Firework impacts on natural environment

The City of Cockburn's response to the Western Independent (Curtin University) on 19 October 2021 about firework impacts

Question: I'm currently writing an article on fireworks and the air pollution/environmental concerns they may create, in regards to the City of Cockburn's decision to phase out fireworks due to a range of issues, based on a case study commissioned earlier this year.

Answer: The City will continue to investigate alternatives to fireworks displays with the aim of phasing out City-sponsored fireworks in the long term.

The City will continue to permit small, well organised fireworks in the City at appropriate venues in the short to medium term.

The Desktop Review and Impact Assessment of Fireworks – Manning Park Spring Fair Case Study noted that while the impacts associated with the Manning Park fireworks are likely to be minimal there may need to be further investigation relating to the potential accumulation of contaminants from fireworks over time.

Metals released from fireworks may be deposited in soils or waterbodies or inhaled by humans or fauna. Many of the metals used in fireworks have carcinogenic or toxic impacts on humans, flora and fauna.

Oxidising agents used in fireworks can contaminate soil, groundwater and surface water within a reasonable radius of the display.
Oxidising agents such as perchlorate are readily water-soluble and return to the ground through precipitation potentially impacting the quality of soil, groundwater, surface water and the health of organisms through uptake.

It is unlikely that a single firework display will produce contaminants in concentrations high enough to impact the quality of the soil and water, and health of flora and fauna, but there is the potential for contaminates to accumulate over time causing long-term impacts.

Loud noises, such as those produced by fireworks, are likely to cause a fear response for most animals such as flight, running or cowering, but medium or long-term impacts were unlikely. The greatest risk perceived to fauna and pets is that caused by blunt-force trauma injuries as animals try to flee the area.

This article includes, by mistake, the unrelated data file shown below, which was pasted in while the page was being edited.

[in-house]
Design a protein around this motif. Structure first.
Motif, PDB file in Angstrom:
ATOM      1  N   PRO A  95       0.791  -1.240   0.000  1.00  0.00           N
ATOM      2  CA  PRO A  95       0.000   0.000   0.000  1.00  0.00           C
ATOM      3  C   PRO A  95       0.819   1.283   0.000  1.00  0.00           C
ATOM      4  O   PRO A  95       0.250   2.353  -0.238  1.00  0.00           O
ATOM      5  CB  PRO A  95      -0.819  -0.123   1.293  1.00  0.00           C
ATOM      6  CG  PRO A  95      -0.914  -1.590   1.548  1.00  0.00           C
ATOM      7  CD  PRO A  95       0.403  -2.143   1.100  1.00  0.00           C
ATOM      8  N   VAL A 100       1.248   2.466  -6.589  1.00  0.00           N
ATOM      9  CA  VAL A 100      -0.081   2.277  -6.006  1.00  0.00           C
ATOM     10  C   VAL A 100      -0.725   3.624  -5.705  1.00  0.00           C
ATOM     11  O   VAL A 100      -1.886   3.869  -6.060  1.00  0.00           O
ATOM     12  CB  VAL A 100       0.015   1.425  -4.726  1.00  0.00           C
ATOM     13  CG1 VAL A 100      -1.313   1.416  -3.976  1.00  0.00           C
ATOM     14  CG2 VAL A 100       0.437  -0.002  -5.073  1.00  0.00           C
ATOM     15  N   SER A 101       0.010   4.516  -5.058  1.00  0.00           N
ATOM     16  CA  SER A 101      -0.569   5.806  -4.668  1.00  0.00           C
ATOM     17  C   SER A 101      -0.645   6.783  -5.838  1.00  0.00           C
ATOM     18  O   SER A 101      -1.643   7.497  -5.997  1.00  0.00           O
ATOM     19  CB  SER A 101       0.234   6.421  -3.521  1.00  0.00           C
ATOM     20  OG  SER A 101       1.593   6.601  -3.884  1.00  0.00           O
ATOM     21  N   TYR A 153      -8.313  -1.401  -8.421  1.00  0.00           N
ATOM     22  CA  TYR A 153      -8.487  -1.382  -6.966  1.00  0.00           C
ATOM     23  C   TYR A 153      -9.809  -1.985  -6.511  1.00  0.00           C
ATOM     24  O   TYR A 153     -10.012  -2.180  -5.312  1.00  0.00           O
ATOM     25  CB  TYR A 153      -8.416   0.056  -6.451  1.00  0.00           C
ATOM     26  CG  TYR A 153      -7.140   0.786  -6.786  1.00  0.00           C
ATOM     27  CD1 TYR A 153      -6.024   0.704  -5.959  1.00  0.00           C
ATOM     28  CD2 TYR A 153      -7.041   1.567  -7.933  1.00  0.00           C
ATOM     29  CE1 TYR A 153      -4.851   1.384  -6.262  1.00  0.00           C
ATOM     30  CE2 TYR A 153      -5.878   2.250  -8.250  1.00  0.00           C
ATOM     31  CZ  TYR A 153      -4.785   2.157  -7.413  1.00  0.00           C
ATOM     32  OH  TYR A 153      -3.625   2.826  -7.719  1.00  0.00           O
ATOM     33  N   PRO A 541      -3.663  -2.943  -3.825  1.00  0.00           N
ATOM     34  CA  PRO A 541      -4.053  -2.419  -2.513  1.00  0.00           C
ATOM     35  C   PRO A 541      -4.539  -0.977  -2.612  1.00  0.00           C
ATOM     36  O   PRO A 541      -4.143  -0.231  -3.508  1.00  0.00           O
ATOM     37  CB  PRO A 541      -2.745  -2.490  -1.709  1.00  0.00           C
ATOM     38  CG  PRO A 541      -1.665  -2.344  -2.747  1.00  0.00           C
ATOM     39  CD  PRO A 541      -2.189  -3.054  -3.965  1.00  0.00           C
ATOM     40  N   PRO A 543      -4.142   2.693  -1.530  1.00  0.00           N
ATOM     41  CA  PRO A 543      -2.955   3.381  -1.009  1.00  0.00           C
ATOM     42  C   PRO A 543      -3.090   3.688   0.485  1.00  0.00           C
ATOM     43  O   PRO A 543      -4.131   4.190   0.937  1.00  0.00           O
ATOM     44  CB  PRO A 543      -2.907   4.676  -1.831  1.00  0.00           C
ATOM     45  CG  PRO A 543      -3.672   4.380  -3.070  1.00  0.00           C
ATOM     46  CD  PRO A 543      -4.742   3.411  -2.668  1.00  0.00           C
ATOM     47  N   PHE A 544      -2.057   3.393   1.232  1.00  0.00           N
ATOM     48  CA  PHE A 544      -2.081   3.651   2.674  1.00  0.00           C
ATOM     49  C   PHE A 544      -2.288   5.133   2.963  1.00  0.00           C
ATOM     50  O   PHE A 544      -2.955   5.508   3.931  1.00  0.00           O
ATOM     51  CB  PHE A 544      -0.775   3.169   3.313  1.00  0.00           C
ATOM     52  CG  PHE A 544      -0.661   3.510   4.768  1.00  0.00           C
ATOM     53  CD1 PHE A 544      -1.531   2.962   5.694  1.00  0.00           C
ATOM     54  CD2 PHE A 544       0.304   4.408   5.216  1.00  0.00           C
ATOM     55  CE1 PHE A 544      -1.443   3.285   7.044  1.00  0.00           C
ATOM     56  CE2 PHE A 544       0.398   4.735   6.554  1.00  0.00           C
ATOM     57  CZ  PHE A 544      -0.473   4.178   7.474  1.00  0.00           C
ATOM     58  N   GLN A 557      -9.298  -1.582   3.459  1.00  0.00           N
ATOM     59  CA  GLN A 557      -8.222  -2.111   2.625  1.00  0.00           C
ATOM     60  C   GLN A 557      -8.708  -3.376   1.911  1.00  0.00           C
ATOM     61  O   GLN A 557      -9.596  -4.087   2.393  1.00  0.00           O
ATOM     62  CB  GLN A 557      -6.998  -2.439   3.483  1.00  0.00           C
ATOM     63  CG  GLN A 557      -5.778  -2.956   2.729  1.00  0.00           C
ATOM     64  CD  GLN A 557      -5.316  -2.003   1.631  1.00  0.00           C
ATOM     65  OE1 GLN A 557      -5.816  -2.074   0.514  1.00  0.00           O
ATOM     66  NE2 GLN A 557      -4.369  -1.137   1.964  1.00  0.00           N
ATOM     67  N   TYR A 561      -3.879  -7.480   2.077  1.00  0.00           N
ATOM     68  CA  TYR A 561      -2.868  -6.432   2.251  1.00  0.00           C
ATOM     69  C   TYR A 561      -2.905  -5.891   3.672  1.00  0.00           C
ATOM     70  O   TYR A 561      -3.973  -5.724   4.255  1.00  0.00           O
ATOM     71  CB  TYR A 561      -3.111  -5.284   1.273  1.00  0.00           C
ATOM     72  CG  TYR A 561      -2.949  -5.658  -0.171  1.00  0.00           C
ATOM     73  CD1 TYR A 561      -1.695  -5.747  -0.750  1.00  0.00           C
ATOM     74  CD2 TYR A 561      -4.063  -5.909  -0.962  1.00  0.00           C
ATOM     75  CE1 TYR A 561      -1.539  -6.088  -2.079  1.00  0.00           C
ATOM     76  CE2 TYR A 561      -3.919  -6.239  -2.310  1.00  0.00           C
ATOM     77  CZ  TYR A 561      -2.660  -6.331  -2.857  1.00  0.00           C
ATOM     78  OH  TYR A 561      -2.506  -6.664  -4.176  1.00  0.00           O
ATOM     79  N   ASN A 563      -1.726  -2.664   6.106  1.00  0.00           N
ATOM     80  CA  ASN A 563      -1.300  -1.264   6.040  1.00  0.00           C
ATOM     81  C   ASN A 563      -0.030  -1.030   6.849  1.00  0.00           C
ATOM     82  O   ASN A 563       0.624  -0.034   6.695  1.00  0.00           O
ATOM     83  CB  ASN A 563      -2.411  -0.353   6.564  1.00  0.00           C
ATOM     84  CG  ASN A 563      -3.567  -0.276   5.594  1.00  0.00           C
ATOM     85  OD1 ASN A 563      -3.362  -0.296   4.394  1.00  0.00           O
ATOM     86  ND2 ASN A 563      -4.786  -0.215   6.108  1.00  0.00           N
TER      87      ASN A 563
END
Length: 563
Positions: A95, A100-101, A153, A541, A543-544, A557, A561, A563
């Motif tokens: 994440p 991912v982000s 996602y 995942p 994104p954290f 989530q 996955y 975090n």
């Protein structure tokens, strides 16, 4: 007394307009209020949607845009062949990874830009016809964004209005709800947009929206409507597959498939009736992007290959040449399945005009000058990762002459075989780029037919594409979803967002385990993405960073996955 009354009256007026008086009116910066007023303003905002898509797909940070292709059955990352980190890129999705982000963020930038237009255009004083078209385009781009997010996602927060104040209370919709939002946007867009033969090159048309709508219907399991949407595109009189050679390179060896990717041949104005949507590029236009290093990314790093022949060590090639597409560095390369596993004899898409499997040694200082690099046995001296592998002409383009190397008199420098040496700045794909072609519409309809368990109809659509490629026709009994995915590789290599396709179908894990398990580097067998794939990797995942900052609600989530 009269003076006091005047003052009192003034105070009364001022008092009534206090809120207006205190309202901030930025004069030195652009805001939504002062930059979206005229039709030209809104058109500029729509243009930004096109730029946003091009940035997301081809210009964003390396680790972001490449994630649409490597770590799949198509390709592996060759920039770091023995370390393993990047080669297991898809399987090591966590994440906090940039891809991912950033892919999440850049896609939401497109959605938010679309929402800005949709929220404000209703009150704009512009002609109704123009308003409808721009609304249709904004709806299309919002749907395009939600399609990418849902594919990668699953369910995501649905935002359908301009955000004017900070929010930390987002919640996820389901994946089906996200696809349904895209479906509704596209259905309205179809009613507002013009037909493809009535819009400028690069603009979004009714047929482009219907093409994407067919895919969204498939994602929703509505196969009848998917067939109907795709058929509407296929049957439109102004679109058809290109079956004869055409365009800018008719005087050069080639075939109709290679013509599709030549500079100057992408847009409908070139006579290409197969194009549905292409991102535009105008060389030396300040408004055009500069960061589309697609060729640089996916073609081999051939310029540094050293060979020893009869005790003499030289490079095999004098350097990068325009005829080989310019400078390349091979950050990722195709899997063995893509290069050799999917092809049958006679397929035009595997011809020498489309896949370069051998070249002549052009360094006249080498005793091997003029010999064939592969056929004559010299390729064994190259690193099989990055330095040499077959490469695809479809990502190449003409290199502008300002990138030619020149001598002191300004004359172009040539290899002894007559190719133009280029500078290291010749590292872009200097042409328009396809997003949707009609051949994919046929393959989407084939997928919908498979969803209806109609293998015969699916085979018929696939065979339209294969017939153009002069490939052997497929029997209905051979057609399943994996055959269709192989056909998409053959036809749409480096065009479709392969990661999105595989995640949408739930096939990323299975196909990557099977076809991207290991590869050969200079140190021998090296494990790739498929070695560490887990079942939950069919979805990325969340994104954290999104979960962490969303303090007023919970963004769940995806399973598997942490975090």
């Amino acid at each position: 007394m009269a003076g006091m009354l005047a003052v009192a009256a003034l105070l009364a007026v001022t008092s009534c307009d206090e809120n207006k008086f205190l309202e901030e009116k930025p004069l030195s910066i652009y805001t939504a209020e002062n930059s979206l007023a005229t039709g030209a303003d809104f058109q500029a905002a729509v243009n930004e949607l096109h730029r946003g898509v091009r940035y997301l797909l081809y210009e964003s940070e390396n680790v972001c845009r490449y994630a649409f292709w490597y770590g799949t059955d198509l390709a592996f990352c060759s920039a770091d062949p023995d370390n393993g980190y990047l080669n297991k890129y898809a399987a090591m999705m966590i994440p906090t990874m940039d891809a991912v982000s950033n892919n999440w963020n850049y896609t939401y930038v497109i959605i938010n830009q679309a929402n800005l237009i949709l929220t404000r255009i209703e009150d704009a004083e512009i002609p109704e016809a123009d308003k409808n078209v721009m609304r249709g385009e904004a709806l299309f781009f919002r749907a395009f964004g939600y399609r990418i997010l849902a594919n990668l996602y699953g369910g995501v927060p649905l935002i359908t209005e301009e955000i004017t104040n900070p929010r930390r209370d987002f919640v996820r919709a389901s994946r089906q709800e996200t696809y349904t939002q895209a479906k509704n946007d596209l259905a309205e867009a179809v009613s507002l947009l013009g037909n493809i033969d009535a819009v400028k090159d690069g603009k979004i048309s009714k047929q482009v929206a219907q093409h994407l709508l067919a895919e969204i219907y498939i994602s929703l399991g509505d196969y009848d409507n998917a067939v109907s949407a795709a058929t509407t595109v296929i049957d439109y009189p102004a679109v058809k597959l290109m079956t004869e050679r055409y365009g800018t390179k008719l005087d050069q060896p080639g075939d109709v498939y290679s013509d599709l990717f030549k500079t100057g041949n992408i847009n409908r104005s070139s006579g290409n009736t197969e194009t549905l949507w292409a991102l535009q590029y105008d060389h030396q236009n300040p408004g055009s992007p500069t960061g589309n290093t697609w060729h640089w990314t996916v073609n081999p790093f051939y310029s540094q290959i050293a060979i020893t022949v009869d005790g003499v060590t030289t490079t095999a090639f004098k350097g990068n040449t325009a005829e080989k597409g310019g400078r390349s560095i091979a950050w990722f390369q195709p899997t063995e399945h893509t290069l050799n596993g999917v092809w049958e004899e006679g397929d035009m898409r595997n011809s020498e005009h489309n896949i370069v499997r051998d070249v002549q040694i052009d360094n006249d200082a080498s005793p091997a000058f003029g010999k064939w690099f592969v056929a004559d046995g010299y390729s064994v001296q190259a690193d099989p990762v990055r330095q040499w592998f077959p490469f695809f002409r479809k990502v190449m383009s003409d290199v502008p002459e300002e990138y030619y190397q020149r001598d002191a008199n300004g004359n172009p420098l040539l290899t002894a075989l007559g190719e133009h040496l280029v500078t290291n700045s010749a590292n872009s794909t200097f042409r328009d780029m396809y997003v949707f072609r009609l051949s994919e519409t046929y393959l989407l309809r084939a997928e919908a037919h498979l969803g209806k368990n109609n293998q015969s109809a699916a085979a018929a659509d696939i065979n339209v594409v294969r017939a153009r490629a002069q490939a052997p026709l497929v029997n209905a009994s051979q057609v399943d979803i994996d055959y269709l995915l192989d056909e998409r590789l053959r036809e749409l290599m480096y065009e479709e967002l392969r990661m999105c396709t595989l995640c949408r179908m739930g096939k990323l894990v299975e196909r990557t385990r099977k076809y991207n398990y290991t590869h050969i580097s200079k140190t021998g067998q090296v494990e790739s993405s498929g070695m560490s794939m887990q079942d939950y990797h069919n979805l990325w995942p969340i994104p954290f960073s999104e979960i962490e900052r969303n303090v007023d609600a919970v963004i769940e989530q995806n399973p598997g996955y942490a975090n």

Light generated from a fireworks display is likely to cause a flight response in birds, while packaging not entirely combusted during the explosion of a fireworks device will return to the ground creating a source of pollution or choking hazard for fauna.

The City already takes steps to ensure litter is collected following the display with the fireworks vendor undertaking a thorough clean up after the event, while also recycling many materials.

The risk of fire was the final impact considered for the firework display and based on the information available this risk was found to be appropriately managed by the City.  

For more information contact

Media and Communications Officer
City of Cockburn

Email [email protected]

Phone 08 9411 3551

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City of Cockburn
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Western Australia, 6965

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Cockburn Nyungar moort Beeliar boodja-k kaadadjiny. Koora, yeyi, benang baalap nidja boodja-k kaaradjiny.
Ngalak kaadatj dayin boodja, kep wer malayin. Ngalak kaadatj koora koora wer yeyi ngalang birdiya.

City of Cockburn acknowledges the Nyungar people of Beeliar boodja. Long ago, now and in the future they care for Country.
We acknowledge a continuing connection to land, waters and culture and pay our respects to the Elders, past and present.